The Mets better hope for a 2015 Cespedes-like surge out of Javy Baez after getting him from the Cubs roughly 90 minutes before Friday’s deadline.
Unless there’s something we don’t know, and he also throws 100 mph with a wicked slider.
Because in keeping with the Mets’ long tradition of following a positive event by blindsiding everyone with something terrible, acting general manager Zack Scott — shortly after the Baez presser — revealed that Jacob deGrom was being shut down for two weeks (again) with elbow inflammation.
Though there’s never a good time to discover the best pitcher on the planet is not likely to return until September — now the most optimistic scenario — finding out a few hours before the deadline was less than ideal. Scott said deGrom felt discomfort after Thursday’s 36-pitch side session, went for an MRI around noon Friday and the Mets didn’t have a results-based strategy for him until 1 or so.
By then, it was too late to formulate any contingency plans for the dwindling trade market. As if that were even possible for a two-time Cy Young winner who was a lock for a third before his second trip to the IL earlier this month.
"It didn’t really change things," Scott said, "because you can’t replace Jacob deGrom."
The closest thing on the market was Max Scherzer, owner of three Cy trophies, but the Mets were told days ago he’d use his veto power to nix any trade to Flushing, and he wound up going to the Dodgers with Trea Turner. Next on the list was the Twins’ Jose Berrios, but the Blue Jays grabbed him Friday.
"If another team had a better package of players," Scott said, "you can’t force them to like our package better."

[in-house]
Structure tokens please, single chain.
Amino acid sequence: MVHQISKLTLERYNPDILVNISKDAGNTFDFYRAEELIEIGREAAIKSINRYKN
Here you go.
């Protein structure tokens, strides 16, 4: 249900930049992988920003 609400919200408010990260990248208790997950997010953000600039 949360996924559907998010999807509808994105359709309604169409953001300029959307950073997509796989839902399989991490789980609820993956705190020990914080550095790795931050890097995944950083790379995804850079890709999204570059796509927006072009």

Otherwise, what was left? Andrew Heaney? Kyle Gibson? J.A. Happ? Jon Lester? Scott pointed out it was mostly back of the rotation starters available, and the Mets picked up one of those, Trevor Williams, along with Baez from the Cubs.
As much as they feared a deGrom setback, the Mets had to realize this was a possibility, based on a flurry of minor ailments this season that seemed to arise from the superhuman strain he puts on his body by generating more velocity — more frequently — than any pitcher in the game. Plus, he already was on the IL, and they were being extra-careful with the rehab process.
That’s the most troubling part. Even the cautionary pace failed to solve the problem, and though Scott said the MRI showed no structural damage, what reason is there to believe he’ll ever be healthy again this season? From what we’ve been told, all of his MRIs this season have come back clean, yet deGrom only seems to be moving farther away from the rotation.
Obviously, it’s a big problem. Before hearing about deGrom, the Baez trade had to be viewed as a significant boost for the Mets. Though not the front-end starter or shutdown reliever most pegged as the team’s top priorities, Baez brings two things the Mets could definitely use: an elite everyday shortstop to fill-in for the injured Francisco Lindor and a lethal bat against lefthanded pitching.
As a bonus, Baez easily slides over to second base to play alongside his close buddy Lindor — expected back by late August — and create one of the most dazzling double play combos in the sport. The Mets also liked the fact that Baez was coming from a pressurized environment, having won a World Series with the Cubs, and could be re-energized about joining Lindor on a contender in New York.
"When you’re a few games ahead in the division on roughly Aug. 1, we need to do something," president Sandy Alderson said. "Not only to improve the team, but to demonstrate to the players that we had their back and we’re attempting to make the team better for the next 60 games."
The addition of Baez unquestionably makes the Mets better. They’ll have to grimace through the strikeouts, but he’s also mashed 22 homers this season. How much better is going to depend on the status of deGrom, the unique weapon they’re lucky enough to have. And Scott was right. No trade was going to make deGrom’s setback any easier to stomach.